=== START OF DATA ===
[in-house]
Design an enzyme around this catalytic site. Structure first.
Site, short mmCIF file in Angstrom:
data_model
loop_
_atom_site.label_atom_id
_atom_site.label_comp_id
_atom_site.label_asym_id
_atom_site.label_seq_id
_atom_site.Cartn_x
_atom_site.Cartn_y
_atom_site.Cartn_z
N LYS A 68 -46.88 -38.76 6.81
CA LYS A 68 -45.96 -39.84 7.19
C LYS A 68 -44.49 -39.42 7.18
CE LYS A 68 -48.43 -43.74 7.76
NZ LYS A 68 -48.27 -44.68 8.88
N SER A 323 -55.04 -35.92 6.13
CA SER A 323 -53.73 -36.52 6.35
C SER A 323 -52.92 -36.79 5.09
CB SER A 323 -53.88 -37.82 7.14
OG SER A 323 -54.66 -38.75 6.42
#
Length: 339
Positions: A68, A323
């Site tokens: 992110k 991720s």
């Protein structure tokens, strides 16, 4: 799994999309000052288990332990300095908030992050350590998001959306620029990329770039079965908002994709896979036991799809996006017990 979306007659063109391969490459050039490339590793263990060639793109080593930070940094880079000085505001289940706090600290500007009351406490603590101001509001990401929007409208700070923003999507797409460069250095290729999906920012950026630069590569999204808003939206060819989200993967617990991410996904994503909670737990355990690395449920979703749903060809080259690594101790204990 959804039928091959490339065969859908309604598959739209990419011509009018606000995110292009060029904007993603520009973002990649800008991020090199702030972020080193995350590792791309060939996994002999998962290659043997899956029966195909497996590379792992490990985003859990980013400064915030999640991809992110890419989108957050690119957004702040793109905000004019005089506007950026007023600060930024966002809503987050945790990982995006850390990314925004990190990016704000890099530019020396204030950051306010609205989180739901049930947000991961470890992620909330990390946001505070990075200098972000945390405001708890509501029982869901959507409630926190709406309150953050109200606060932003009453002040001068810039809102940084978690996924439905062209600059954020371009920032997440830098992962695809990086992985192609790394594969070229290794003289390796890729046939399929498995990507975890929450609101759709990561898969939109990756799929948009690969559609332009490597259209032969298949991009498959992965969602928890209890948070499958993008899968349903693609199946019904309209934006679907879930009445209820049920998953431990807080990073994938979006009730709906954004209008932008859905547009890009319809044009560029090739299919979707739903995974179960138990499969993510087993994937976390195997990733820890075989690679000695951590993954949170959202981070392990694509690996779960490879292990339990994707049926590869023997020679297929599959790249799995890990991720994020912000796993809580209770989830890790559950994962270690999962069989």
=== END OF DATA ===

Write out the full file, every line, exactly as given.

[in-house]
Design an enzyme around this catalytic site. Structure first.
Site, short mmCIF file in Angstrom:
data_model
loop_
_atom_site.label_atom_id
_atom_site.label_comp_id
_atom_site.label_asym_id
_atom_site.label_seq_id
_atom_site.Cartn_x
_atom_site.Cartn_y
_atom_site.Cartn_z
N LYS A 68 -46.88 -38.76 6.81
CA LYS A 68 -45.96 -39.84 7.19
C LYS A 68 -44.49 -39.42 7.18
CE LYS A 68 -48.43 -43.74 7.76
NZ LYS A 68 -48.27 -44.68 8.88
N SER A 323 -55.04 -35.92 6.13
CA SER A 323 -53.73 -36.52 6.35
C SER A 323 -52.92 -36.79 5.09
CB SER A 323 -53.88 -37.82 7.14
OG SER A 323 -54.66 -38.75 6.42
#
Length: 339
Positions: A68, A323
């Site tokens: 992110k 991720s």
């Protein structure tokens, strides 16, 4: 799994999309000052288990332990300095908030992050350590998001959306620029990329770039079965908002994709896979036991799809996006017990 979306007659063109391969490459050039490339590793263990060639793109080593930070940094880079000085505001289940706090600290500007009351406490603590101001509001990401929007409208700070923003999507797409460069250095290729999906920012950026630069590569999204808003939206060819989200993967617990991410996904994503909670737990355990690395449920979703749903060809080259690594101790204990 959804039928091959490339065969859908309604598959739209990419011509009018606000995110292009060029904007993603520009973002990649800008991020090199702030972020080193995350590792791309060939996994002999998962290659043997899956029966195909497996590379792992490990985003859990980013400064915030999640991809992110890419989108957050690119957004702040793109905000004019005089506007950026007023600060930024966002809503987050945790990982995006850390990314925004990190990016704000890099530019020396204030950051306010609205989180739901049930947000991961470890992620909330990390946001505070990075200098972000945390405001708890509501029982869901959507409630926190709406309150953050109200606060932003009453002040001068810039809102940084978690996924439905062209600059954020371009920032997440830098992962695809990086992985192609790394594969070229290794003289390796890729046939399929498995990507975890929450609101759709990561898969939109990756799929948009690969559609332009490597259209032969298949991009498959992965969602928890209890948070499958993008899968349903693609199946019904309209934006679907879930009445209820049920998953431990807080990073994938979006009730709906954004209008932008859905547009890009319809044009560029090739299919979707739903995974179960138990499969993510087993994937976390195997990733820890075989690679000695951590993954949170959202981070392990694509690996779960490879292990339990994707049926590869023997020679297929599959790249799995890990991720994020912000796993809580209770989830890790559950994962270690999962069989």